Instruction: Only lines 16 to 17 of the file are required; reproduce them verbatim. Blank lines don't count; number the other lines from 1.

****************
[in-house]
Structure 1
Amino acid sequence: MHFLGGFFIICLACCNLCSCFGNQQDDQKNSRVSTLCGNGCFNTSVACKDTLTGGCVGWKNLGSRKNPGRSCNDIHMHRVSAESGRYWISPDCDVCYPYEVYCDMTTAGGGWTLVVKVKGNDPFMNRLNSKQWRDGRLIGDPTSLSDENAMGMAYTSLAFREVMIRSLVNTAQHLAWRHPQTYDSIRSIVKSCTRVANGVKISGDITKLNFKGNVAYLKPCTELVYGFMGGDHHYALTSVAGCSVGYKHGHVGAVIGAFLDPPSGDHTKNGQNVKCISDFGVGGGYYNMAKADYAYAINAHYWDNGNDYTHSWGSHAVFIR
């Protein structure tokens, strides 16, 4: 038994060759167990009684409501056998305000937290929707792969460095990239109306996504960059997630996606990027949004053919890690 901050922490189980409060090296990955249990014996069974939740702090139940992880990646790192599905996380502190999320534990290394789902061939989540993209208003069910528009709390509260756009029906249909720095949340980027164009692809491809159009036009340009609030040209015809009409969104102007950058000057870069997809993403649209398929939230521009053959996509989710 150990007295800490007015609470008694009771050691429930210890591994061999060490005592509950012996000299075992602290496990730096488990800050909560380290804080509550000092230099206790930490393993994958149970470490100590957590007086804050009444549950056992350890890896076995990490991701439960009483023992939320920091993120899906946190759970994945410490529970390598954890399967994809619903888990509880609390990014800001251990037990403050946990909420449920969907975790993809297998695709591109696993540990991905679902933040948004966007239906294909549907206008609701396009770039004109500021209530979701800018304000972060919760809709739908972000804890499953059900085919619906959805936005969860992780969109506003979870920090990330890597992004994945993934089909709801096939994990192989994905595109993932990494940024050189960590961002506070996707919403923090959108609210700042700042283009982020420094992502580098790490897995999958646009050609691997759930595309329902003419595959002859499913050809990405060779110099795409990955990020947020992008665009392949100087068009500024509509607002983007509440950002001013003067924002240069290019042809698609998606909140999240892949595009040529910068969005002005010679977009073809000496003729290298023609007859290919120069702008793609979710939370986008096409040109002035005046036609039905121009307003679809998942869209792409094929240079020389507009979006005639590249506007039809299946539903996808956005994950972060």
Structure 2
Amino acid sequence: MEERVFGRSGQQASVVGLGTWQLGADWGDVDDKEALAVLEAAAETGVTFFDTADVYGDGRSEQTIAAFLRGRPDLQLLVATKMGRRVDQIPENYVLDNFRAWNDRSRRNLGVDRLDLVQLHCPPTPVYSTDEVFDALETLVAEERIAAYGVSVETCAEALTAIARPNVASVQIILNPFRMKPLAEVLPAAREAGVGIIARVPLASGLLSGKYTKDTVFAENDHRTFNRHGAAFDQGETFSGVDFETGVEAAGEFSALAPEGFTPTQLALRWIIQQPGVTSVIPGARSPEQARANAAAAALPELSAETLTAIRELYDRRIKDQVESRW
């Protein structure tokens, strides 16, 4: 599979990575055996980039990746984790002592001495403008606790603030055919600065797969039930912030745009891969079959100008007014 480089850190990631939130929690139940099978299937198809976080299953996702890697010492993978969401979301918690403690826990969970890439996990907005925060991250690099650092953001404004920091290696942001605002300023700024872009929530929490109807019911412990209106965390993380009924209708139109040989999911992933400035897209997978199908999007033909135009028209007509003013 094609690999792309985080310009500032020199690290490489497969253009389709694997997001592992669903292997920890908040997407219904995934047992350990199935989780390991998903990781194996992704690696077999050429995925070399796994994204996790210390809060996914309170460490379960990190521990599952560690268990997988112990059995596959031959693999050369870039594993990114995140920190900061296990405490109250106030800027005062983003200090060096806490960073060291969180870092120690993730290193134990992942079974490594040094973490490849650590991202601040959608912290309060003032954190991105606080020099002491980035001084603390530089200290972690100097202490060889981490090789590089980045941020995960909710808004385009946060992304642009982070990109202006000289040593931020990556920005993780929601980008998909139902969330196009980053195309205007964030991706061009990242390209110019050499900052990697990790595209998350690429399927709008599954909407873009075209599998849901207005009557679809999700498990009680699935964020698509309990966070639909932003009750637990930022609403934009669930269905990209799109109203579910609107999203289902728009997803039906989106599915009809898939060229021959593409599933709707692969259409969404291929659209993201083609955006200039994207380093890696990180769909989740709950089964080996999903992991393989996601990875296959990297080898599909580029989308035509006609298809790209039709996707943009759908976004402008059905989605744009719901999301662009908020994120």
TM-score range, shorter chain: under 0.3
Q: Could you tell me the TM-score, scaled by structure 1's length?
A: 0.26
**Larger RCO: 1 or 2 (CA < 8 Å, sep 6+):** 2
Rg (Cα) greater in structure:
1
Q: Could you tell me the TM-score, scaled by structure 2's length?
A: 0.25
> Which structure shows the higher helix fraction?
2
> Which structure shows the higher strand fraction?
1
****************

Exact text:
> Which structure shows the higher helix fraction?
2